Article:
Gas chromatographic diagnosis of prostate cancer (maybe)

Most of our readers have probably all been aware for some time that trained dogs are able to “diagnose” prostate cancer — with a high degree of accuracy — by smelling the urine of men who do and don’t have the disease. The same is true for some other cancers too — notably bladder cancer. … READ MORE …

Data from a prospective trial of HIFU-based hemiablation for localized prostate cancer

A new report provides data from a prospective, single-center, Phase II trial of high-intensity focused ultrasound (HIFU) in prostate cancer hemiablation as a form of focal therapy. The study was carried out in Belgium. … READ MORE …

One patient’s journey to active surveillance

A personal story on the MedPage Today web site this week tells a tale of how one 63-year-old professional journalist trod his own journey to management of his low-risk prostate cancer on active surveillance back in 2010. It may be instructive for many other patients newly diagnosed with low- and very low-risk prostate cancer.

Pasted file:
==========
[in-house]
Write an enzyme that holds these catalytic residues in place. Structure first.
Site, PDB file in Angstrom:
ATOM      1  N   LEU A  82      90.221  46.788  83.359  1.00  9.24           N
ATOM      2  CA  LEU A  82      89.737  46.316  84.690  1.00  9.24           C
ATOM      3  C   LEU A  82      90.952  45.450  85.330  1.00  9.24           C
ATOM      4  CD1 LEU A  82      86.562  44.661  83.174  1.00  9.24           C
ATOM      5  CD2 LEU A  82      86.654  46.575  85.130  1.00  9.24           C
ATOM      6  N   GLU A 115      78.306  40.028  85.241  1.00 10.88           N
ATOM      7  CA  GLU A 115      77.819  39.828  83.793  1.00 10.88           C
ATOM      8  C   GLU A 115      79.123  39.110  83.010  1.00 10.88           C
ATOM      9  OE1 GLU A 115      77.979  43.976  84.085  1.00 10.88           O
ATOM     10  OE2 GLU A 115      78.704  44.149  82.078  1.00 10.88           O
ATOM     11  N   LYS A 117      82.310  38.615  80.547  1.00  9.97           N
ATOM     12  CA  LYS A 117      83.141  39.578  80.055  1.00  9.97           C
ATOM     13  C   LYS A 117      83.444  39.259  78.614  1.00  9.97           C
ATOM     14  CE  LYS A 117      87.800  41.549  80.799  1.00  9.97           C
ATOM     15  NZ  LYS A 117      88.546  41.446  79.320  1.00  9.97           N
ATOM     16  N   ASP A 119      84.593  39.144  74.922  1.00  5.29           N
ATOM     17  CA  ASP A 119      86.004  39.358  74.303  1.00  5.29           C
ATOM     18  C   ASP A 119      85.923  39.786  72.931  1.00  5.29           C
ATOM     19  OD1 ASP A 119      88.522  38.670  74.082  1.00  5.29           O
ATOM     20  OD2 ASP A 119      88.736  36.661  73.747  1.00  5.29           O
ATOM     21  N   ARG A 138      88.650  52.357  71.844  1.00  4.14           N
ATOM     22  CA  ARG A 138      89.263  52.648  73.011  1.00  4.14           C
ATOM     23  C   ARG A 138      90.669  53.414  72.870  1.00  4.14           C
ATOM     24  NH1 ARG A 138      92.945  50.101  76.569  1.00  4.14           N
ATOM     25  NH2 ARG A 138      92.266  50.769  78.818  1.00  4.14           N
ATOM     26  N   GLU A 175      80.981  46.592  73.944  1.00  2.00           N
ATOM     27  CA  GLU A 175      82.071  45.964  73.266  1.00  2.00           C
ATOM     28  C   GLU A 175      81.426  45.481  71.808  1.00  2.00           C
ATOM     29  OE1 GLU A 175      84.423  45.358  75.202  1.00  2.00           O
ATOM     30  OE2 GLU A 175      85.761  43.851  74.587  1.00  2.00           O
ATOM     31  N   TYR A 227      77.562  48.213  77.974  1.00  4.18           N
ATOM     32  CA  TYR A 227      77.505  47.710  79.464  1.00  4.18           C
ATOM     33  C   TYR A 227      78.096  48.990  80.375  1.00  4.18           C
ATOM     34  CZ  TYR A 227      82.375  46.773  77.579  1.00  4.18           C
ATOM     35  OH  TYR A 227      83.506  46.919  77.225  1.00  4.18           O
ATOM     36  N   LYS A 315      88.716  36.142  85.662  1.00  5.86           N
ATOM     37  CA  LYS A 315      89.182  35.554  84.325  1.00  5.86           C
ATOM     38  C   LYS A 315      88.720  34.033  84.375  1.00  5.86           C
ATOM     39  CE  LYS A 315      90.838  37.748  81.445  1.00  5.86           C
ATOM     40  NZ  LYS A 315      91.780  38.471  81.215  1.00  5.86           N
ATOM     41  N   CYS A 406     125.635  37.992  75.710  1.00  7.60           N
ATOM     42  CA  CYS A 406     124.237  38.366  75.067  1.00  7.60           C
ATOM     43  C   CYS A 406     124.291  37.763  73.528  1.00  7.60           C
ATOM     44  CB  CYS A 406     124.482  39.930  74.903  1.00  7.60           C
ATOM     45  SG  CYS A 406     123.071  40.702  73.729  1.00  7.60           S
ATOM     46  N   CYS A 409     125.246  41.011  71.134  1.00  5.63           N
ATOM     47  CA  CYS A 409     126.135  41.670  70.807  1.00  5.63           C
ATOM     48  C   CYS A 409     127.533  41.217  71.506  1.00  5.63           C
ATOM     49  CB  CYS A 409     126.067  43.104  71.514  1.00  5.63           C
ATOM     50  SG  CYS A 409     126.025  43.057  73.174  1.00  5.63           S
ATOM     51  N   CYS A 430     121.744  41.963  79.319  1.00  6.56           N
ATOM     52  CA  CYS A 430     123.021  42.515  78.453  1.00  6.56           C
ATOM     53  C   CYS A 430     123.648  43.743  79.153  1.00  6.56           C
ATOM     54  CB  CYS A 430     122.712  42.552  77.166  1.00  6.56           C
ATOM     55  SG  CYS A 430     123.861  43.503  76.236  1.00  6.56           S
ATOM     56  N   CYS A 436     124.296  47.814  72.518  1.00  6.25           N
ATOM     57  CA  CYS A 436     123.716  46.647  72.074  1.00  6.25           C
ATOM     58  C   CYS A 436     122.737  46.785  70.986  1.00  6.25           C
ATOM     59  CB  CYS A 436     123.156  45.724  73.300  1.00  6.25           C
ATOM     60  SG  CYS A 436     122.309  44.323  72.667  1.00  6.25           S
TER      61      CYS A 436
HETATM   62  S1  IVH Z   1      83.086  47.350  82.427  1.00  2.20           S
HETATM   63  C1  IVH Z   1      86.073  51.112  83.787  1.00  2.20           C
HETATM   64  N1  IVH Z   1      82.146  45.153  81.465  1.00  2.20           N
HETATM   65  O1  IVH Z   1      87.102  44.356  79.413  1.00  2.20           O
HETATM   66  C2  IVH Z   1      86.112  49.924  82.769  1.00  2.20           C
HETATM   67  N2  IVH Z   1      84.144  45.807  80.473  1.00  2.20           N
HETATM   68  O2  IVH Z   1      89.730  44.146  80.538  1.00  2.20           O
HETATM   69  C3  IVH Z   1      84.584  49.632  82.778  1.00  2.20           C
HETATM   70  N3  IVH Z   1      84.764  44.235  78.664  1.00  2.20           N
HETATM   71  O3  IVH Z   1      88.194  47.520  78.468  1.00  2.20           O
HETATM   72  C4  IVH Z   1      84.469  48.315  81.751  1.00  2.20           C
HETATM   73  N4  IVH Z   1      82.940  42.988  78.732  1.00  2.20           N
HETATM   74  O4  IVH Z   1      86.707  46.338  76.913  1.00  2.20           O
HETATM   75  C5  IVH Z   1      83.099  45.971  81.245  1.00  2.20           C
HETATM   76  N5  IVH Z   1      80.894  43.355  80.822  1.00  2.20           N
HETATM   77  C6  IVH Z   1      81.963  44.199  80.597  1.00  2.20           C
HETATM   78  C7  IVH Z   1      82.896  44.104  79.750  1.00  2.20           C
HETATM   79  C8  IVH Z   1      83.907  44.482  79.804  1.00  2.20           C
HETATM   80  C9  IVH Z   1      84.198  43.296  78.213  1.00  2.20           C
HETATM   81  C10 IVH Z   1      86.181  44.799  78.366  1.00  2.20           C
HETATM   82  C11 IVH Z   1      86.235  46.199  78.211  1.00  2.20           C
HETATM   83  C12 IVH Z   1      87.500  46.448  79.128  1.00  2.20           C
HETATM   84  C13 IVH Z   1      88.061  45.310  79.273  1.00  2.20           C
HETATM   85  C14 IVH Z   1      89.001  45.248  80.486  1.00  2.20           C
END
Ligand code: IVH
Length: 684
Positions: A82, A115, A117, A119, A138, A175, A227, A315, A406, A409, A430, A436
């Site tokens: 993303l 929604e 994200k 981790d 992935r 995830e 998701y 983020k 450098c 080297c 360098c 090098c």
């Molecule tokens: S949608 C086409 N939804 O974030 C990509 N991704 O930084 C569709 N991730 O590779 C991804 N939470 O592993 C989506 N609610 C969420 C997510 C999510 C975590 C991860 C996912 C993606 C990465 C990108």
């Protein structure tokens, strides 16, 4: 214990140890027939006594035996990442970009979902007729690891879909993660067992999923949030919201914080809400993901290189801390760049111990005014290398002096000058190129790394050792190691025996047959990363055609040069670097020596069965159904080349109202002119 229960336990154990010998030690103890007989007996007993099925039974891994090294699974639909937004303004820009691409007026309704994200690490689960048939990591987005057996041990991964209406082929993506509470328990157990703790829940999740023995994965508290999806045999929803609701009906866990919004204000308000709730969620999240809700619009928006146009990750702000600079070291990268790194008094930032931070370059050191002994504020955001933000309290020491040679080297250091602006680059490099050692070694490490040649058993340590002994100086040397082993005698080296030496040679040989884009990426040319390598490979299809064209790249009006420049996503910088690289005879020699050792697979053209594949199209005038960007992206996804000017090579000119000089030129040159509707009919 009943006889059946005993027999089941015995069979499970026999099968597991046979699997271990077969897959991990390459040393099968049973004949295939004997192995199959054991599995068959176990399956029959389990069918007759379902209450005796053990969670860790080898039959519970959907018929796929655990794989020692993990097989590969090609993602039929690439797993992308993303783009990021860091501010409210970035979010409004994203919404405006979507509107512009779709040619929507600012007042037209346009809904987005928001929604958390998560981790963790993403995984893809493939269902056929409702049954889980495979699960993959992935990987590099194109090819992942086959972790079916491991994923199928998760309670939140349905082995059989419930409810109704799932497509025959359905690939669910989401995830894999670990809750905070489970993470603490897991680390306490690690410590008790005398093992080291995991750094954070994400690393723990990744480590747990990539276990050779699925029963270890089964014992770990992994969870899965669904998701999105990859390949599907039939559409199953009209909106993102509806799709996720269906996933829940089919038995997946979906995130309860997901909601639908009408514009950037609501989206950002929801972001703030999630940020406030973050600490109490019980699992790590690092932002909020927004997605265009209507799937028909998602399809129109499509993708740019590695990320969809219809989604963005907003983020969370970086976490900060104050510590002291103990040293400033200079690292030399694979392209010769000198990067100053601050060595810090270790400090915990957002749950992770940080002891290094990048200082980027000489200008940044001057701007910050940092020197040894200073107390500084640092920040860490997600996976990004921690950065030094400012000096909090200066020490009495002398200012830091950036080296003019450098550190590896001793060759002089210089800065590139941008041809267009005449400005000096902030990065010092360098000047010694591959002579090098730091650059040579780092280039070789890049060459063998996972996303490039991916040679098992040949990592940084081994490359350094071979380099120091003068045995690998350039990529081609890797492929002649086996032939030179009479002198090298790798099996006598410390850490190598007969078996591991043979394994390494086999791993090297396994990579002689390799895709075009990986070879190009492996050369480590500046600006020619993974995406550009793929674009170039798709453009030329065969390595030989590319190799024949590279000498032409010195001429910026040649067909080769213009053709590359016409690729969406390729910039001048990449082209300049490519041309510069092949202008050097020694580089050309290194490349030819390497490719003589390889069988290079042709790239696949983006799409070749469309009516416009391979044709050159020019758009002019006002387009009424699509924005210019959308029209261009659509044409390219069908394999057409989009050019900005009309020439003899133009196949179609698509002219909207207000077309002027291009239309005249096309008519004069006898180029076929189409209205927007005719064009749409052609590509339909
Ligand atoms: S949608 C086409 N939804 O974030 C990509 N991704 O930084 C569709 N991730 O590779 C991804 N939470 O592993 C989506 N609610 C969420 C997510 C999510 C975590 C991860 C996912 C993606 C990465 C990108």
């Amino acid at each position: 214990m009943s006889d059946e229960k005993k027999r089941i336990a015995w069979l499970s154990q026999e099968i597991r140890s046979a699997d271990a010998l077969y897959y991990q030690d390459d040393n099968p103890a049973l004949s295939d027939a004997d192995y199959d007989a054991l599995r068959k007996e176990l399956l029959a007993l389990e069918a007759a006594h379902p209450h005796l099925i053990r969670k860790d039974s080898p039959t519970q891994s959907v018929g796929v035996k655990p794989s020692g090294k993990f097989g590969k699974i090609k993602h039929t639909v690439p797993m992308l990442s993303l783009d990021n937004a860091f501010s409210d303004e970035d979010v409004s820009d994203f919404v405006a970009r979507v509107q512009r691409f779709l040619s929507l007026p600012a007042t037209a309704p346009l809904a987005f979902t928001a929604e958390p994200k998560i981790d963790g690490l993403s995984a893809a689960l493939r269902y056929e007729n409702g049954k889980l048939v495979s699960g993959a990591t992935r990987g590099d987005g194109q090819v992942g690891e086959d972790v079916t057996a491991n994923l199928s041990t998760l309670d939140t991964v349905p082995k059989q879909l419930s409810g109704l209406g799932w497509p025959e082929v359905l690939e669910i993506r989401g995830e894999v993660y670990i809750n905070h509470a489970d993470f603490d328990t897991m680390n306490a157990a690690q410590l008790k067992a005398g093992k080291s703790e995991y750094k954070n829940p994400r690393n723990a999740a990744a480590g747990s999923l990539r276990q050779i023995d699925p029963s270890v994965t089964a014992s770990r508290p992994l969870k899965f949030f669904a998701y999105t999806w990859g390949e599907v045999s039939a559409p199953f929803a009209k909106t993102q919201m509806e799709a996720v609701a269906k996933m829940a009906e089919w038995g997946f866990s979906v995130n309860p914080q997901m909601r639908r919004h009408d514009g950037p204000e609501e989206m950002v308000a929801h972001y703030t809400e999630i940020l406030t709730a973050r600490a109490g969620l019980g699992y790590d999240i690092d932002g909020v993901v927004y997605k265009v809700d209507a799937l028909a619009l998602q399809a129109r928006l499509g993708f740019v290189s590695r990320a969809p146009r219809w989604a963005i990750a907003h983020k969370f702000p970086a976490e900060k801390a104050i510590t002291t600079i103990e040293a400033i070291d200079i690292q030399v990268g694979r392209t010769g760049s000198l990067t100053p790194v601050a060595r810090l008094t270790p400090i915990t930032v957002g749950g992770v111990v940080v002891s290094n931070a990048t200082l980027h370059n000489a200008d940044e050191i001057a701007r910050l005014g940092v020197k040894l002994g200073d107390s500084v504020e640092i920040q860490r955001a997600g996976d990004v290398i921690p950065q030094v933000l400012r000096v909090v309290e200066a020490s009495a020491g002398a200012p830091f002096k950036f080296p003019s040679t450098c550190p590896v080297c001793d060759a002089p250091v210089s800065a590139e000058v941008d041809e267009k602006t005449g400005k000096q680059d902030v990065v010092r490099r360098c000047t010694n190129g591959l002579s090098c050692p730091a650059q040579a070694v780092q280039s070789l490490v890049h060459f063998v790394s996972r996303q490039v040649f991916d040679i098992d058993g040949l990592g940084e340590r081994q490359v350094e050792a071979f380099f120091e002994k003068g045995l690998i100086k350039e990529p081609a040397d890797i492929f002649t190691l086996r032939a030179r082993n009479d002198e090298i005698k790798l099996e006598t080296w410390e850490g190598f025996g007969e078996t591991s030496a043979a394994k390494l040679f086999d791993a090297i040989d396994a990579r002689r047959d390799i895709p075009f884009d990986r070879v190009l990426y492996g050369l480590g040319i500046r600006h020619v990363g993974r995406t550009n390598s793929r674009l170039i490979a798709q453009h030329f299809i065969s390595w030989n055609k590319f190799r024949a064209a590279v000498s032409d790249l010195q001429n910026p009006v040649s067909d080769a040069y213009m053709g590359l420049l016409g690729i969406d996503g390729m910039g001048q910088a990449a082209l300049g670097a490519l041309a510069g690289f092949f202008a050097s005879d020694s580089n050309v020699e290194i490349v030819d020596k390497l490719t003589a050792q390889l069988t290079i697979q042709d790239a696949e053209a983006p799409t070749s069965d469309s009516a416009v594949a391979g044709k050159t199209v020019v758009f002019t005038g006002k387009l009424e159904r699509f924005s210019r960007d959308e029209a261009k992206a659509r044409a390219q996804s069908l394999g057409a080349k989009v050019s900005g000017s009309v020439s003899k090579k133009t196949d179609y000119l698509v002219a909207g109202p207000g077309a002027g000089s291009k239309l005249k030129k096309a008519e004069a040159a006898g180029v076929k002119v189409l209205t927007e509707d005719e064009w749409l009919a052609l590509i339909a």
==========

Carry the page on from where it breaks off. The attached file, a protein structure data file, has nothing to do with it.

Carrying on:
CureTalk program on imaging and genomics with Dr. David Lee

Yesterday evening we held a CureTalk program on the roles of new imaging and genomic/genetic tests in the diagnosis, work-up, and prognosis of prostate cancer with Dr. David Lee of the University of Pennsylvania. … READ MORE …

What else was in the news today?

Today’s news contained items that run the spectrum from the clinical value of tomatoes and lycopene via the cardiovascular side effects of LHRH agonists and antagonists to the question of whether proton beam radiation therapy is really cost-effective. So here are the “news shorts” for the day: … READ MORE …

Controversy is often driven by presumption and perception

A new article in JAMA Internal Medicine this week is likely to keep the fires burning under the PSA screening controversy for quite a while to come. … READ MORE …

SBRT registries (and the interpretation of registry-based data)

Patient registries are potentially a rich source of information with which to evaluate outcomes. They often include patient characteristics, details of the therapies they received, and outcomes tracked over time. They also provide full population data of all patients treated at participating centers, and can provide very large amounts of data over time. … READ MORE …

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